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Service Life Aging and Heat Exposure Effects on Aluminum Sheet Alloy Properties and Structural Crashworthiness Under Dynamic Axial Loading

[+] Author Affiliations
Ridha Baccouche, David Wagner, Andy Sherman, Craig Miller, Susan Ward, Hikmat Mahmood

Ford Motor Company

Paper No. IMECE2005-79925, pp. 327-344; 18 pages
  • ASME 2005 International Mechanical Engineering Congress and Exposition
  • Engineering/Technology Management
  • Orlando, Florida, USA, November 5 – 11, 2005
  • Conference Sponsors: Engineering and Technology Management Group
  • ISBN: 0-7918-4230-4 | eISBN: 0-7918-3769-6
  • Copyright © 2005 by ASME


An investigation of the service life aging and heat exposure effects on sheet aluminum alloy properties and structural crashworthiness has been conducted. This research, part of a broader program, consists of investigating five aluminum sheet alloys each of which is subjected to four heat treatments. The aluminum sheet alloys investigated are 6111T4PD, 5754-O, 5182-O, 6022T4E29, and 6022T4. The four heat treatments are 177°C for 30 minutes, 200°C for 15 minutes, 200°C for 2 hours, and 200°C for 24 hours. The 200°C/24 hours treatment simulates the most severe thermal exposure i.e. components adjacent to exhaust pipes and manifolds. All 200°C heat treatments are in addition to the 177°C for 30 minutes. All specimens were subjected to the reference 177°C for 30 minutes treatment. Aluminum rails of hexagonal cross-section were formed for the twenty combinations of aluminum sheet alloys and heat exposures. These twenty formed aluminum rails were then bonded and riveted using Betamate 4601 adhesive and Henrob K50742 self-piercing rivets. Once assembled, these twenty rails were subjected to dynamic axial crushing at a speed of 40 kph (25 mph). Force-Time data was collected and responses were plotted for all tests. Force-Displacement responses were then integrated for the crush energy management and mean axial crush load for each of the aluminum sheet rails. Bar charts were generated to describe the crash loads and energy management behaviors of the various aluminum alloys and associated heat treatments. Service life simulated heat exposure was found to affect the mean crash load and crash energy management of the aluminum structural crash members. The heat exposure effects on the crashworthiness of the sheet aluminum members ranged from a reduction of [−21.6%] to an increase of [+6.8%] in the mean crash load and crash energy management with higher variation observed in the “T4” tempered aluminum alloys.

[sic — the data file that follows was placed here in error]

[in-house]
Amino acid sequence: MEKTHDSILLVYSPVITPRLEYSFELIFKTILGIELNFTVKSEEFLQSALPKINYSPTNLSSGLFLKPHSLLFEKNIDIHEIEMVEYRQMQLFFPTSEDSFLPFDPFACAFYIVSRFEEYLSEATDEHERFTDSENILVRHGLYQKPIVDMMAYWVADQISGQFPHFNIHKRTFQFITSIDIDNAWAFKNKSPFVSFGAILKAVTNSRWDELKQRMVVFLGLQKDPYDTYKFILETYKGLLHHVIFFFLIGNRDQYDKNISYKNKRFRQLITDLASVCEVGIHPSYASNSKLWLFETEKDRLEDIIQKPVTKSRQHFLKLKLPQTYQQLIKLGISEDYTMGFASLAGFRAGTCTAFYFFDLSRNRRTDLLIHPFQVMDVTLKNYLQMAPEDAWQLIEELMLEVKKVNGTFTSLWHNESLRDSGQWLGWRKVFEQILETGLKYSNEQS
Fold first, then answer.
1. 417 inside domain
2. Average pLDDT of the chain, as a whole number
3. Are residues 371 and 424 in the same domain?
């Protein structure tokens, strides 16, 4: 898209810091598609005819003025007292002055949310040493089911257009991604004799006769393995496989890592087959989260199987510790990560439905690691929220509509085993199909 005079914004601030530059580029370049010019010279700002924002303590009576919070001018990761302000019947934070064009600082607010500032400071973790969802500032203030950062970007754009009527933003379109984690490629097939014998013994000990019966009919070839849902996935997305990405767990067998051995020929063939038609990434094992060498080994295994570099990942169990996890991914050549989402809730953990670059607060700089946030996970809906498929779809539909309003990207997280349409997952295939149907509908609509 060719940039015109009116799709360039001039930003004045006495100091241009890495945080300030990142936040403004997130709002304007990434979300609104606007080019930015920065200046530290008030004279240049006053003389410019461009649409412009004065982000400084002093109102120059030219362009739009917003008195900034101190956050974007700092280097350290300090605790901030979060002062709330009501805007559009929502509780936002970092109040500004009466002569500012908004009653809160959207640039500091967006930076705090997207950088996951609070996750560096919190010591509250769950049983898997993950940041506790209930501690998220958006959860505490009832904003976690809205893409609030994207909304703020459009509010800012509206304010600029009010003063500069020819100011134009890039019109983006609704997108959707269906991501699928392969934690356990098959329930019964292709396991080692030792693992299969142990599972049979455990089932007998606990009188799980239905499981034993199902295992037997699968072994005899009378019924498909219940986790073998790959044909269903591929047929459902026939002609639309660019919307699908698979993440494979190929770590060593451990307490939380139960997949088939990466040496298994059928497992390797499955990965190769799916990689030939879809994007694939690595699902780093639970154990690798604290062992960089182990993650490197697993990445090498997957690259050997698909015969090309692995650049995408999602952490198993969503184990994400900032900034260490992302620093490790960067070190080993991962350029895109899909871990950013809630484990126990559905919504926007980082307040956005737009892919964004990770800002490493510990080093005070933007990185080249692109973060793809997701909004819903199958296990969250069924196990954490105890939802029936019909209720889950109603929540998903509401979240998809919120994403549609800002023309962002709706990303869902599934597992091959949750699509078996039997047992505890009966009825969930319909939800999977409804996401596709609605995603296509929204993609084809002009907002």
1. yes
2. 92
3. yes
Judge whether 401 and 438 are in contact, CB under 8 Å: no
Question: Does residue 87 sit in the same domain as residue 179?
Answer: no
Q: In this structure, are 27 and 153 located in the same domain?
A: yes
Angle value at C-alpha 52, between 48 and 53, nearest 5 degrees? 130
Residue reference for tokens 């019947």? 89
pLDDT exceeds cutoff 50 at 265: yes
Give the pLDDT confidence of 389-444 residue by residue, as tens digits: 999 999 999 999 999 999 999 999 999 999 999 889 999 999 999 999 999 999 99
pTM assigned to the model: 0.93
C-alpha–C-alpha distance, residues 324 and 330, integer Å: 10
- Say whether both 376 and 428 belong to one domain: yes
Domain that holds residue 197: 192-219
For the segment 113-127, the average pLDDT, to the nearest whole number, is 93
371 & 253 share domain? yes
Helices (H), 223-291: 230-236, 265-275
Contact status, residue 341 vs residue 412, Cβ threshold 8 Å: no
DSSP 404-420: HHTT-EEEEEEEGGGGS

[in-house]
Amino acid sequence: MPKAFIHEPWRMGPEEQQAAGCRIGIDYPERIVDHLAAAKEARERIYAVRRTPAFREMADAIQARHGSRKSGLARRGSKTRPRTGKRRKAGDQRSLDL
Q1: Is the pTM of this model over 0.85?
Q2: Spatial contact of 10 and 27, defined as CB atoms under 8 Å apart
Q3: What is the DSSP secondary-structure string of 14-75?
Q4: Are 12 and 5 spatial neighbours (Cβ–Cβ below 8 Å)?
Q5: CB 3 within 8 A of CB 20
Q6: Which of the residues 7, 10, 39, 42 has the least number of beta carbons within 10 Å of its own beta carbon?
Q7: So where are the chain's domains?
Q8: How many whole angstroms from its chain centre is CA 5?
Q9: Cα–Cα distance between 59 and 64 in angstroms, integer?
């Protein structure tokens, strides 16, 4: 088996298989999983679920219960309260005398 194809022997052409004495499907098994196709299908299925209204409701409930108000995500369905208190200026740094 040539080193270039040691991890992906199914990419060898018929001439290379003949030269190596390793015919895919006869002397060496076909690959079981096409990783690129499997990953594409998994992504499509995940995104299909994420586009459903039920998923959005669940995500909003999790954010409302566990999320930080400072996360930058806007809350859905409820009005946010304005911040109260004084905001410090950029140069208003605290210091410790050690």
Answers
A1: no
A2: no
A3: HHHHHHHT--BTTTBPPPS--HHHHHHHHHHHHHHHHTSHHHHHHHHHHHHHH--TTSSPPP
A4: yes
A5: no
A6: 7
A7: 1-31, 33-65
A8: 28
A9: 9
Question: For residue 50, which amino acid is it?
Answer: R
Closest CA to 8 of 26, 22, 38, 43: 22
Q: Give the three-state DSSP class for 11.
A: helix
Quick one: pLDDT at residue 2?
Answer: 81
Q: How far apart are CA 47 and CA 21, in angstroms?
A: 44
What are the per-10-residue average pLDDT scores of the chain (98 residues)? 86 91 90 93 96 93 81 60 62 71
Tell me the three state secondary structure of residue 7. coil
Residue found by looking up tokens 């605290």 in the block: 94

Copyright © 2005 by ASME



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